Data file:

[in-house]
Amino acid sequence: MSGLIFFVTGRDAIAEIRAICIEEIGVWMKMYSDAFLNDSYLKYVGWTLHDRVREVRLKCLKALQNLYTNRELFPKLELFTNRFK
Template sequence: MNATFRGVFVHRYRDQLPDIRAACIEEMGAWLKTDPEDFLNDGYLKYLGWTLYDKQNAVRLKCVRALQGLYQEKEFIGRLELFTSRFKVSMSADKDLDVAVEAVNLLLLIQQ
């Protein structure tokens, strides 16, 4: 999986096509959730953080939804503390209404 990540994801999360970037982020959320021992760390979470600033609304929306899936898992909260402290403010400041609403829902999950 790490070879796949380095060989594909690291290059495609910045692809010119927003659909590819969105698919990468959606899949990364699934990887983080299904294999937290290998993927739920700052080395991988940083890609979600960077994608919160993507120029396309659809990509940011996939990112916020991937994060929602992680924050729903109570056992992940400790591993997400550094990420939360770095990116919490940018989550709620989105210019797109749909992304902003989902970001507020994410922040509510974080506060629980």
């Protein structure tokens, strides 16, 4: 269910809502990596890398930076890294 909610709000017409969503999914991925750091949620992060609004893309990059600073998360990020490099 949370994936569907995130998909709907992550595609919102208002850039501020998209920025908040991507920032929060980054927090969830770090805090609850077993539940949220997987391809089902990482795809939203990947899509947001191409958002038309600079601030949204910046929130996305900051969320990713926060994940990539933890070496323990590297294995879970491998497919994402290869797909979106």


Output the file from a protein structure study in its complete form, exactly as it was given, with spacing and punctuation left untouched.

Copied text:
[in-house]
Amino acid sequence: MSGLIFFVTGRDAIAEIRAICIEEIGVWMKMYSDAFLNDSYLKYVGWTLHDRVREVRLKCLKALQNLYTNRELFPKLELFTNRFK
Template sequence: MNATFRGVFVHRYRDQLPDIRAACIEEMGAWLKTDPEDFLNDGYLKYLGWTLYDKQNAVRLKCVRALQGLYQEKEFIGRLELFTSRFKVSMSADKDLDVAVEAVNLLLLIQQ
């Protein structure tokens, strides 16, 4: 999986096509959730953080939804503390209404 990540994801999360970037982020959320021992760390979470600033609304929306899936898992909260402290403010400041609403829902999950 790490070879796949380095060989594909690291290059495609910045692809010119927003659909590819969105698919990468959606899949990364699934990887983080299904294999937290290998993927739920700052080395991988940083890609979600960077994608919160993507120029396309659809990509940011996939990112916020991937994060929602992680924050729903109570056992992940400790591993997400550094990420939360770095990116919490940018989550709620989105210019797109749909992304902003989902970001507020994410922040509510974080506060629980």
């Protein structure tokens, strides 16, 4: 269910809502990596890398930076890294 909610709000017409969503999914991925750091949620992060609004893309990059600073998360990020490099 949370994936569907995130998909709907992550595609919102208002850039501020998209920025908040991507920032929060980054927090969830770090805090609850077993539940949220997987391809089902990482795809939203990947899509947001191409958002038309600079601030949204910046929130996305900051969320990713926060994940990539933890070496323990590297294995879970491998497919994402290869797909979106």